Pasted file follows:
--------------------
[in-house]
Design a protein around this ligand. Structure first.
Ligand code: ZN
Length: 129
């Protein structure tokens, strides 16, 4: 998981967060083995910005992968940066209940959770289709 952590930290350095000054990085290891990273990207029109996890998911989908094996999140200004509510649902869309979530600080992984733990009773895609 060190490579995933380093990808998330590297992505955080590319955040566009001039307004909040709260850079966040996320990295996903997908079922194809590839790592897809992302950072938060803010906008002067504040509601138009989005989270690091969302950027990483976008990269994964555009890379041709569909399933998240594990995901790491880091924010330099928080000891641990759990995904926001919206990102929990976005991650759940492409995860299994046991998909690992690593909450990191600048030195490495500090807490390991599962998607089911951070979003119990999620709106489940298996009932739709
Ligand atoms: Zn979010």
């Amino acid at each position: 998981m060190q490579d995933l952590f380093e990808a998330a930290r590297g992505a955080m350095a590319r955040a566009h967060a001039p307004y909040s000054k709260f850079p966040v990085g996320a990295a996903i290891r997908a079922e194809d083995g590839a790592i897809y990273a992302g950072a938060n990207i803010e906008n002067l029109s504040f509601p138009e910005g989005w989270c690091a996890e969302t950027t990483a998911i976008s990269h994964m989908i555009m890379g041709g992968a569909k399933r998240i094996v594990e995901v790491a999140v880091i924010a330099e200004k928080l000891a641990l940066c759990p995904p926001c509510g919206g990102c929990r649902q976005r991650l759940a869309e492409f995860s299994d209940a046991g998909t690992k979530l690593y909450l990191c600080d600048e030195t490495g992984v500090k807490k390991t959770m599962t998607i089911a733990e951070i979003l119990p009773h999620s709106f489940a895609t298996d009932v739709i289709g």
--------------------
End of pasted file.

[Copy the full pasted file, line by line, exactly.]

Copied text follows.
[in-house]
Design a protein around this ligand. Structure first.
Ligand code: ZN
Length: 129
């Protein structure tokens, strides 16, 4: 998981967060083995910005992968940066209940959770289709 952590930290350095000054990085290891990273990207029109996890998911989908094996999140200004509510649902869309979530600080992984733990009773895609 060190490579995933380093990808998330590297992505955080590319955040566009001039307004909040709260850079966040996320990295996903997908079922194809590839790592897809992302950072938060803010906008002067504040509601138009989005989270690091969302950027990483976008990269994964555009890379041709569909399933998240594990995901790491880091924010330099928080000891641990759990995904926001919206990102929990976005991650759940492409995860299994046991998909690992690593909450990191600048030195490495500090807490390991599962998607089911951070979003119990999620709106489940298996009932739709
Ligand atoms: Zn979010």
């Amino acid at each position: 998981m060190q490579d995933l952590f380093e990808a998330a930290r590297g992505a955080m350095a590319r955040a566009h967060a001039p307004y909040s000054k709260f850079p966040v990085g996320a990295a996903i290891r997908a079922e194809d083995g590839a790592i897809y990273a992302g950072a938060n990207i803010e906008n002067l029109s504040f509601p138009e910005g989005w989270c690091a996890e969302t950027t990483a998911i976008s990269h994964m989908i555009m890379g041709g992968a569909k399933r998240i094996v594990e995901v790491a999140v880091i924010a330099e200004k928080l000891a641990l940066c759990p995904p926001c509510g919206g990102c929990r649902q976005r991650l759940a869309e492409f995860s299994d209940a046991g998909t690992k979530l690593y909450l990191c600080d600048e030195t490495g992984v500090k807490k390991t959770m599962t998607i089911a733990e951070i979003l119990p009773h999620s709106f489940a895609t298996d009932v739709i289709g």